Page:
Pierre, S.D. South Dakota lawmakers approved a ban on nearly all abortions Friday, setting up a deliberate frontal assault on Roe v. Wade at a time when some activists see the U.S. Supreme Court as more willing than ever to overturn the 33-year-old decision.
Republican Gov. Mike Rounds said he was inclined to sign the bill, which would make it a crime for doctors to perform an abortion unless it was necessary to save the woman's life. The measure would make no exception in cases of rape or incest.
Many opponents and supporters of abortion rights believe the U.S. Supreme Court is more likely to overturn its 1973 Roe v. Wade decision legalizing abortion now that conservatives John Roberts and Samuel Alito are on the bench. Lawmakers said growing support among South Dakotans for abortion restrictions added momentum to the bill.
"I think the stars are aligned," said House Speaker Matthew Michels, a Republican. "Simply put, now is the time."
Planned Parenthood, which operates the only abortion clinic in South Dakota, has pledged to sue over the measure. About 800 abortions a year are performed in South Dakota.
Even with the retirement of Justice Sandra Day O'Connor, whom Alito replaced, there still appear to be the minimum five votes needed on the high court to uphold Roe v. Wade. Supporters of the bill, however, said another justice could be replaced in the years it would take a case to reach the nation's highest court.
A judge is likely to suspend the abortion ban during the legal challenge, which means it would not take effect unless the state gets the case all the way to the U.S. Supreme Court and wins.
Some opponents of the bill said abortion should at least be allowed in cases of rape or incest, or where the woman's health is threatened.
If a rape victim becomes pregnant and bears a child, the rapist could have the same parental rights as the mother, said Krista Heeren-Graber, executive director of the South Dakota Network Against Family Violence and Sexual Assault.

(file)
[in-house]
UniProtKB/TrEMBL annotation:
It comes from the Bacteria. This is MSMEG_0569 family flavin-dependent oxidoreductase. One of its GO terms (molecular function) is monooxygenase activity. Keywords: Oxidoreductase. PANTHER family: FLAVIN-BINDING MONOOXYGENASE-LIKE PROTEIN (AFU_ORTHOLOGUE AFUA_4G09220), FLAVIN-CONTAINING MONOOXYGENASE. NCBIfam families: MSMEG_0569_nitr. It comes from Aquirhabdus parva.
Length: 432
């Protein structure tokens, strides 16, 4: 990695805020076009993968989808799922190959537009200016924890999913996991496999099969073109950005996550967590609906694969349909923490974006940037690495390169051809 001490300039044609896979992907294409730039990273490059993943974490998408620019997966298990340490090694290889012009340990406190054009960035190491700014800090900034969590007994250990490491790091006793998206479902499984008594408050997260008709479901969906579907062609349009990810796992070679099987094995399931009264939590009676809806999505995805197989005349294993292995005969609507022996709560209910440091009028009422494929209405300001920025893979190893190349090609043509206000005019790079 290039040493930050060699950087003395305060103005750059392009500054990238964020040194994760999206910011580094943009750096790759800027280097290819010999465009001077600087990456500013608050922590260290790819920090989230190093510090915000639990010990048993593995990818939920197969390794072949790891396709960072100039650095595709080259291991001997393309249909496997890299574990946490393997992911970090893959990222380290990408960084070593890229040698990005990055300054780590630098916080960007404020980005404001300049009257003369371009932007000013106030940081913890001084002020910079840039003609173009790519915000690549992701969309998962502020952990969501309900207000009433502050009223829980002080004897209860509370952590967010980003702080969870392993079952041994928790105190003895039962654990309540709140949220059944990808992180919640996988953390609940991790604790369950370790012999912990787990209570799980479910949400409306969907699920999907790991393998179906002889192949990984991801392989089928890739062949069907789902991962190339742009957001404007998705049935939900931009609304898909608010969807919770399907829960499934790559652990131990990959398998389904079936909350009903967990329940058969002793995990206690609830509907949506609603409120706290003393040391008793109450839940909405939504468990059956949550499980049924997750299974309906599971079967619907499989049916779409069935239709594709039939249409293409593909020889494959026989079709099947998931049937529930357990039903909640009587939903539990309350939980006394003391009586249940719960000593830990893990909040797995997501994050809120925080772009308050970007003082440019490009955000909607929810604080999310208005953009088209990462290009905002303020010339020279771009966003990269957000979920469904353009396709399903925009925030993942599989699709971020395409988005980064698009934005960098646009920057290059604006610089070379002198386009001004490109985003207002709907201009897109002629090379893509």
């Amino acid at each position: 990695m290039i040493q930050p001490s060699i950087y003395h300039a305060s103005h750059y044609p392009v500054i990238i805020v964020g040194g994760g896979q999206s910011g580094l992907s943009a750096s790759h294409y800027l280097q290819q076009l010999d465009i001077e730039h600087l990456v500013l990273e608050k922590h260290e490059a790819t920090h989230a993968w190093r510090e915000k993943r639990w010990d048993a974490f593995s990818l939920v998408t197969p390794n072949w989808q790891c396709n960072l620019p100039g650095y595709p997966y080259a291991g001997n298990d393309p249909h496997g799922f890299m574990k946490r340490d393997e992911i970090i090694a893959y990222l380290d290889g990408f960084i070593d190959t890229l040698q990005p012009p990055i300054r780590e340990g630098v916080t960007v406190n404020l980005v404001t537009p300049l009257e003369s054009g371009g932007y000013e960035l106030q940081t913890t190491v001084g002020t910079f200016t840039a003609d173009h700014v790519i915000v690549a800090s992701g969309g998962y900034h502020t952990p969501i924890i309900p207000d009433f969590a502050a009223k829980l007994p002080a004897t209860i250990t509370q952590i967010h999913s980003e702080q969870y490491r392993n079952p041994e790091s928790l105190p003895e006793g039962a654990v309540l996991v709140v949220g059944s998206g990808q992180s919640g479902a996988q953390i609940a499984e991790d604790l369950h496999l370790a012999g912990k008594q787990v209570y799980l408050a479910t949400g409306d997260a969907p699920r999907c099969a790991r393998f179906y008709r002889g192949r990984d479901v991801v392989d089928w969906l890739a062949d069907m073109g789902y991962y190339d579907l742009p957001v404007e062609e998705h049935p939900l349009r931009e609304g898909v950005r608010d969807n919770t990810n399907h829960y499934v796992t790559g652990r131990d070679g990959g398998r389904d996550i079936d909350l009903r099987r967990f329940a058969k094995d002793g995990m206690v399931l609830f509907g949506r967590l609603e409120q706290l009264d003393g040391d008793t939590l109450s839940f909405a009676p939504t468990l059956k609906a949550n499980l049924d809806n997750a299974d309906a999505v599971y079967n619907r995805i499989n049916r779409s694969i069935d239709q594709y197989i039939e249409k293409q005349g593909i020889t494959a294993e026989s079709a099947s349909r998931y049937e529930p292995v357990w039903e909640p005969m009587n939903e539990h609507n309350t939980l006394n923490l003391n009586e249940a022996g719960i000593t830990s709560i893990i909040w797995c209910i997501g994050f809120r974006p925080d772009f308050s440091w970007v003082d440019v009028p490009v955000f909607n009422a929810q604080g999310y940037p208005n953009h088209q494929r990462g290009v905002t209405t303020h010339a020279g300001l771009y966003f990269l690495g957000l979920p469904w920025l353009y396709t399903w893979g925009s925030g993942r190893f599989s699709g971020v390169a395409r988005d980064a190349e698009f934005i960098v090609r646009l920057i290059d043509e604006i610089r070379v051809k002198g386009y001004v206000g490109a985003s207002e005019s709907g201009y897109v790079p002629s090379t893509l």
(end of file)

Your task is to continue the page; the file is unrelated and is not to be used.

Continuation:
"The idea the rapist could be in the child's life : makes the woman very, very fearful. Sometimes they need to have choice," Heeren-Graber said.
Under the measure, doctors could get up to five years in prison for performing an illegal abortion. The House passed the bill 50-18 on Friday, and the Senate approved it 23-12 earlier this week. If signed, it would become law July 1.
Money for the anticipated legal fight is already pouring in. Lawmakers were told during the debate that an anonymous donor had pledged $1 million to defend the ban, and the Legislature is setting up a special account to accept donations.
"We've had people stopping in our office trying to drop off checks to promote the defense of this legislation already," Rounds said.
The governor said he thought it would be better to eliminate abortion in steps rather than all at once. Rounds indicated he does not share the view that Alito and Roberts will usher in sudden, dramatic changes in how the court views abortion. He said it could be a drawn-out legal battle, and noted that it is not even assured that the high court will hear the case.